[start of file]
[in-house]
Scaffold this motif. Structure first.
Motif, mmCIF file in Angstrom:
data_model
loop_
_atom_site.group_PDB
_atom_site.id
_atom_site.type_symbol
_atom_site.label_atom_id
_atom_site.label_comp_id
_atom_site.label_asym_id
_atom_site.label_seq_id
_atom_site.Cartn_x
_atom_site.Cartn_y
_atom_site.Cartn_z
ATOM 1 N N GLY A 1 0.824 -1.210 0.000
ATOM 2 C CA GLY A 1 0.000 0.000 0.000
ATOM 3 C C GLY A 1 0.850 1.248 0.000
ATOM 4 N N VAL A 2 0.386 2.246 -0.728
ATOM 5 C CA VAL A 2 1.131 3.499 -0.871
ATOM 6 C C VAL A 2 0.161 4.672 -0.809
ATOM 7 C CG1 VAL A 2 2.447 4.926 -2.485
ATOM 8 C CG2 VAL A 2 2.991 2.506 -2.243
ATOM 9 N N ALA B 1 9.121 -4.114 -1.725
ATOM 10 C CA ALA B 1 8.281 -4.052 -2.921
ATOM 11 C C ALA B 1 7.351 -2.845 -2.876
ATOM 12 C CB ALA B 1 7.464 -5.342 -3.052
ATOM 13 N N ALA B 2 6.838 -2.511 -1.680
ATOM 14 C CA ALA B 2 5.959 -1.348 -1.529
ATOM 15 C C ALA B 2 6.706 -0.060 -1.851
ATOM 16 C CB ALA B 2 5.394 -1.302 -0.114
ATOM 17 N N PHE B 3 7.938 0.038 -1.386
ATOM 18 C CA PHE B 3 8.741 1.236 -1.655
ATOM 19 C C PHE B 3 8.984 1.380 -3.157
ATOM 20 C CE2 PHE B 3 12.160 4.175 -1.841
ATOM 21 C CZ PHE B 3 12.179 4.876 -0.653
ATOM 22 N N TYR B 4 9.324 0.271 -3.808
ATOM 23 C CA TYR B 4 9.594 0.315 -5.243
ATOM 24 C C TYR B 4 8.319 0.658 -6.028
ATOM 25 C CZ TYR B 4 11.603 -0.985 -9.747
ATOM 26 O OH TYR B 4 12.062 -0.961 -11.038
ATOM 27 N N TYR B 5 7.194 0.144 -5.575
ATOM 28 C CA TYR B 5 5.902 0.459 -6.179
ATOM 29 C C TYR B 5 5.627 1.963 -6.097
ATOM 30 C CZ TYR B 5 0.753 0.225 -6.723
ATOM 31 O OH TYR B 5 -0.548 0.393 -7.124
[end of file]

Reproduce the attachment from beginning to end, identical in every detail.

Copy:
[in-house]
Scaffold this motif. Structure first.
Motif, mmCIF file in Angstrom:
data_model
loop_
_atom_site.group_PDB
_atom_site.id
_atom_site.type_symbol
_atom_site.label_atom_id
_atom_site.label_comp_id
_atom_site.label_asym_id
_atom_site.label_seq_id
_atom_site.Cartn_x
_atom_site.Cartn_y
_atom_site.Cartn_z
ATOM 1 N N GLY A 1 0.824 -1.210 0.000
ATOM 2 C CA GLY A 1 0.000 0.000 0.000
ATOM 3 C C GLY A 1 0.850 1.248 0.000
ATOM 4 N N VAL A 2 0.386 2.246 -0.728
ATOM 5 C CA VAL A 2 1.131 3.499 -0.871
ATOM 6 C C VAL A 2 0.161 4.672 -0.809
ATOM 7 C CG1 VAL A 2 2.447 4.926 -2.485
ATOM 8 C CG2 VAL A 2 2.991 2.506 -2.243
ATOM 9 N N ALA B 1 9.121 -4.114 -1.725
ATOM 10 C CA ALA B 1 8.281 -4.052 -2.921
ATOM 11 C C ALA B 1 7.351 -2.845 -2.876
ATOM 12 C CB ALA B 1 7.464 -5.342 -3.052
ATOM 13 N N ALA B 2 6.838 -2.511 -1.680
ATOM 14 C CA ALA B 2 5.959 -1.348 -1.529
ATOM 15 C C ALA B 2 6.706 -0.060 -1.851
ATOM 16 C CB ALA B 2 5.394 -1.302 -0.114
ATOM 17 N N PHE B 3 7.938 0.038 -1.386
ATOM 18 C CA PHE B 3 8.741 1.236 -1.655
ATOM 19 C C PHE B 3 8.984 1.380 -3.157
ATOM 20 C CE2 PHE B 3 12.160 4.175 -1.841
ATOM 21 C CZ PHE B 3 12.179 4.876 -0.653
ATOM 22 N N TYR B 4 9.324 0.271 -3.808
ATOM 23 C CA TYR B 4 9.594 0.315 -5.243
ATOM 24 C C TYR B 4 8.319 0.658 -6.028
ATOM 25 C CZ TYR B 4 11.603 -0.985 -9.747
ATOM 26 O OH TYR B 4 12.062 -0.961 -11.038
ATOM 27 N N TYR B 5 7.194 0.144 -5.575
ATOM 28 C CA TYR B 5 5.902 0.459 -6.179
ATOM 29 C C TYR B 5 5.627 1.963 -6.097
ATOM 30 C CZ TYR B 5 0.753 0.225 -6.723
ATOM 31 O OH TYR B 5 -0.548 0.393 -7.124